So I went to the movies in the first time in, well, months. In all honesty, despite being a huge Harry Potter fan, I wasn’t bursting at the seams with excitement when I heard this movie was being made. Sure, I liked the cute little tie-in book, but I wasn’t sure how well it would translate to the screen, and after reading Harry Potter and the Cursed Child (a review for another day) my confidence in JKR’s script-writing abilities wasn’t very high. Nonetheless, I caved, and I took my sister to see the film over the weekend.
It’s not Harry Potter – but that’s okay. It doesn’t have to be. As soon as the opening credits came up on screen, I felt like a child again, buzzing in my seat with excitement whenever I went to see the latest HP movie. And perhaps because it wasn’t based on a novel-series source, but background material instead, that’s why I think this spin-off film as a whole came together well and holds up as fine movie in its own right.
Well. For the most part. Spoilers below.
Newt Scamandar, portrayed wonderfully by Eddie Redmayne, arrives in New York in the 1920s with a suitcase full of magical creatures – and those magical creatures quickly begin to wreak havoc in the streets and alerting No-Maj (American terminology for Muggle) persons to the existence of the secret magical community. Unfortunately, this havoc is being wreaked at a bad time – anti-magical sentiment is at an all-time high, between the distant threat of Gellert Grindelwald and the closer-to-home No-Maj group Second Salemers. Enter former Auror Porpentina “Tina” Goldstein, who is fast on Newt’s tail, and No-Maj Jacob Kowalski (a highlight of the film) who has become tangled up in the whole mess of things.
There are two plots going on in this film. The first is Newt’s quest to round up all of the magical beasts that have escaped his suitcase. Eddie Redmayne is shaping up to be one of this generation’s finest young actors, and it’s terribly easy to fall in love with his socially-awkward, animal-loving Newt Scamandar. Also a delight is Dan Fogler as Jacob Kowalski, a No-Maj who just wants to set up a bakery, and who stole the scene every time he was on camera.
But the stand-out performance was, by far, Colin Farrell as Percival Graves, taking the lead on the second much, much darker plot. Graves is the Director of Magical Security for MACUSA, who has ‘befriended’ a young, troubled No-Maj boy in the Second Salemers group, in order to find a very powerful, magical child. Farrell captured the intensity, power, elegance and charisma you would expect from a high-ranking Auror. His scenes with Credence Barebone (Ezra Miller, who is similarly fantastic) are amongst the best – and most uncomfortable – scenes in the entire film.
Which is why – and if you haven’t seen the film and do not wish to be spoiled, please click back now – it’s such an utter, crushing disappointment to find out that he was Johnny Depp as Gellert Grindelwald all along.
It’s not really a secret anymore that Johnny Depp was cast as Grindelwald. I for one was very disappointed with the casting. Johnny Depp was a good actor once, but after his recent slew of flops and his recent domestic violence accusations (which he did not deny), I can’t reconcile his self-parodying acting with someone who could plausibly pull off a compelling villain, let alone the man that Albus Dumbledore was in love with in his youth.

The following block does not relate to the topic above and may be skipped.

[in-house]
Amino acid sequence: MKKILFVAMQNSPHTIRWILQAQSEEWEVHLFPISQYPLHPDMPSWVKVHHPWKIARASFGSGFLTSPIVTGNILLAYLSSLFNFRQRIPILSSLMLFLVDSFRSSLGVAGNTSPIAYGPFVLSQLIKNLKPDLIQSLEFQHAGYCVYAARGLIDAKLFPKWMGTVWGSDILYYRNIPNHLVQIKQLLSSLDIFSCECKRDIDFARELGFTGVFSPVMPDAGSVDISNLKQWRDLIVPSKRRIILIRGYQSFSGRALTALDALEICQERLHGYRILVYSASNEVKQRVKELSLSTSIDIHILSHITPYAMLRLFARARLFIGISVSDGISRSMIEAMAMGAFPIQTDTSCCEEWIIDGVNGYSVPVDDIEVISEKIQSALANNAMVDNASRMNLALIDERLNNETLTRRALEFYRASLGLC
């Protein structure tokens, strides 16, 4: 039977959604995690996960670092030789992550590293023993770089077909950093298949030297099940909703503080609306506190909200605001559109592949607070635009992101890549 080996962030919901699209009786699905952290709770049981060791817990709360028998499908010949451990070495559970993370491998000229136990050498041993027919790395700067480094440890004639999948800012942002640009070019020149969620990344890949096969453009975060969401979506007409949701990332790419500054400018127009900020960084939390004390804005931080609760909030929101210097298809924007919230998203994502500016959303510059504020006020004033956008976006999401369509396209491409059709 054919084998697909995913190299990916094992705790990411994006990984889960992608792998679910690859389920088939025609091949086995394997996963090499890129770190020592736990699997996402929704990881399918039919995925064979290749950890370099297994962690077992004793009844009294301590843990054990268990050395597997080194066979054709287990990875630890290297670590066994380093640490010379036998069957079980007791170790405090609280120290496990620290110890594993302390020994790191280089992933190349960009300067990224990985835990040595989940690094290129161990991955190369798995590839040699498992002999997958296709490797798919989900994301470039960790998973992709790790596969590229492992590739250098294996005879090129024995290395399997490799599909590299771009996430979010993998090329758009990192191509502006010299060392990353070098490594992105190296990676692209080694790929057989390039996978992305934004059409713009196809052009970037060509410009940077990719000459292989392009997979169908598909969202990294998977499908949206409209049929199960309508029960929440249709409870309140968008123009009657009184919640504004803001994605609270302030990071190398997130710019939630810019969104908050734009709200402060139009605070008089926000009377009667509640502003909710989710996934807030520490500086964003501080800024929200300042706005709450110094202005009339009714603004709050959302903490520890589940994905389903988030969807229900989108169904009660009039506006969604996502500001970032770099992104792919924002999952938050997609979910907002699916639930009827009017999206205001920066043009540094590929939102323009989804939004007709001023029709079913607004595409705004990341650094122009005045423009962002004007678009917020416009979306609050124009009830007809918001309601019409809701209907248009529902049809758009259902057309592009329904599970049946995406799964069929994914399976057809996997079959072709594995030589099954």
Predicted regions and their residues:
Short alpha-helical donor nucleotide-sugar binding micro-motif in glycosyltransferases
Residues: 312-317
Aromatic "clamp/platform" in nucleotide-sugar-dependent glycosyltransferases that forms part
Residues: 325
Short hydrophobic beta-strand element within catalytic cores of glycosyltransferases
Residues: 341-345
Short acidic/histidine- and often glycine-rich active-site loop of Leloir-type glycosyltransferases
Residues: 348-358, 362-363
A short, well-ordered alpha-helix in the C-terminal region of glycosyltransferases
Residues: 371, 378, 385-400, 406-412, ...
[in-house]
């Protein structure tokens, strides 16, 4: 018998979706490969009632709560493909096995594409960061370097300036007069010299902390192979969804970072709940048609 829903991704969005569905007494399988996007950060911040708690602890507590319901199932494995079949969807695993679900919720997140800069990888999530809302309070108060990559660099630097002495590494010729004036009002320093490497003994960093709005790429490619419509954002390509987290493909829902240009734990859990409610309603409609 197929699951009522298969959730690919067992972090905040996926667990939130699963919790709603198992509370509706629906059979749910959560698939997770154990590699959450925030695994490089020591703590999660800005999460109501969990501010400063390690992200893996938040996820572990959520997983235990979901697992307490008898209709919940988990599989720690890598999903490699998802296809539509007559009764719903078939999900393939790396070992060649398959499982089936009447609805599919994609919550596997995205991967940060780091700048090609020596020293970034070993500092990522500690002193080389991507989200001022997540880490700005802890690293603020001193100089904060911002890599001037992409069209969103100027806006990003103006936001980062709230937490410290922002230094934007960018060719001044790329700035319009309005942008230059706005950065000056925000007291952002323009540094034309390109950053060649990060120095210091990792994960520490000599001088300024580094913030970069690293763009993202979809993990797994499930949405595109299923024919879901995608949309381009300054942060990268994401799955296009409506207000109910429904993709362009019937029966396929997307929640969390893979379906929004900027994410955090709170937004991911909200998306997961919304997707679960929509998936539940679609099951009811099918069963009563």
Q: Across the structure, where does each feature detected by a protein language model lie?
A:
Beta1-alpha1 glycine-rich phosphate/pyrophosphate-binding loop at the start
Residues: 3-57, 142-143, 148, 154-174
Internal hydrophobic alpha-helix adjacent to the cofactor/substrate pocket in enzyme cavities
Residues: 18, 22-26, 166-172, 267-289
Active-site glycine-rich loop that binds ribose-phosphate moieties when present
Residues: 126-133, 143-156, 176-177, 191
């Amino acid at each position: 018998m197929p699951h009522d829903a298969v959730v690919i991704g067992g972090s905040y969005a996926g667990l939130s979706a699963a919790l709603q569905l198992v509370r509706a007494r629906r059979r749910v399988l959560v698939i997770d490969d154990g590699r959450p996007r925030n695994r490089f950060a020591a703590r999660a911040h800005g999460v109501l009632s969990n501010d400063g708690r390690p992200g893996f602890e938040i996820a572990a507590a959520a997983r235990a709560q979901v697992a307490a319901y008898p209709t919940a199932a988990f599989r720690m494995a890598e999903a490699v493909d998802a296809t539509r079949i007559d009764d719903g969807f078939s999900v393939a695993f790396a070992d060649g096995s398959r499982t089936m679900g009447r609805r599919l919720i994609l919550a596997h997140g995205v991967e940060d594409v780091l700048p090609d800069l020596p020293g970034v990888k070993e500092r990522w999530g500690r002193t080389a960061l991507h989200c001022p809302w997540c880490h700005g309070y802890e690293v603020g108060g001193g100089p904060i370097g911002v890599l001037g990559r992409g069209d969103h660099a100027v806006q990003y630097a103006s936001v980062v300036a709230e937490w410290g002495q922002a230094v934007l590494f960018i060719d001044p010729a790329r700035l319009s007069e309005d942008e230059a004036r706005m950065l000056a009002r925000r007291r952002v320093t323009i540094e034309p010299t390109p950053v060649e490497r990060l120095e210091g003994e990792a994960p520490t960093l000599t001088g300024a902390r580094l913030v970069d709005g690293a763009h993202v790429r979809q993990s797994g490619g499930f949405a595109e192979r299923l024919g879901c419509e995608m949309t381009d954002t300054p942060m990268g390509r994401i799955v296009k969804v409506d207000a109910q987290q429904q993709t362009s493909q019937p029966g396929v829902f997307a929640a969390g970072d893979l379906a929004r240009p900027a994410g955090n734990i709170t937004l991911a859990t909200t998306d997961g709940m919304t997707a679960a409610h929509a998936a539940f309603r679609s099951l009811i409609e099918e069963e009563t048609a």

So the ending is where the movie falls apart. Not only does it recycle the Alastor “Mad-Eye” Moody/Barty Crouch Jnr plot twist from Harry Potter and the Goblet of Fire, it simply doesn’t make sense. Would we really expect Grindelwald – the magical world’s equivalent of Hitler – to disguise himself as an American Auror for who knows how many months, doing paperwork and arresting people? I certainly can’t. But the largest conflict is when you look at Colin Farrell’s menacing but refined performance as morally ambiguous Percival Graves. I tried to mentally replace Johnny Depp’s (very odd-looking, very hammy) Grindelwald with Colin Farrell’s distinguished Graves in every single scene he was in, and I cannot mesh the two acting styles. Depp does not possess the gravitas, or the intensity, or the subtlety to pull off the role that Colin Farrell did.
So yes, I’m very disappointed. The threat of Grindelwald was enough to kick-start a fantastic five-movie series; unfortunately, committing myself to seeing the other films means committing myself to watching Johnny Depp butcher the role that Colin Farrell mastered, and I’m not prepared to sit through something like that.
Overall, the movie was good. It took a while for the two plots to merge, but I enjoyed them both independently and together. The huge let-down of the ending aside, I’m glad I saw this movie in cinema. I want to look forward to more. I want to see more of Newt Scamandar’s adventures; I want to see more of adorable Jacob Kowalski and his bakery, and his budding romance with Queenie Goldstein (Tina’s sister).
But most of all, I wanted to see more of Colin Farrell’s Percival Graves. Hell, I would have loved to see Colin Farrell as Grindelwald. Trading him in for Depp’s Grindelwald is such a poor deal that I’m not sure I want to tune in for the rest of the series.
Fantastic Beasts and Where To Find Them is a delightful film that is simultaneously light and dark in all the right places. It draws you right back into the world of magic, but uniquely different from the UK-based 1990s magical world of the Harry Potter novels. It feels like coming home.
But endings, I guess, are just not JKR’s strong suit.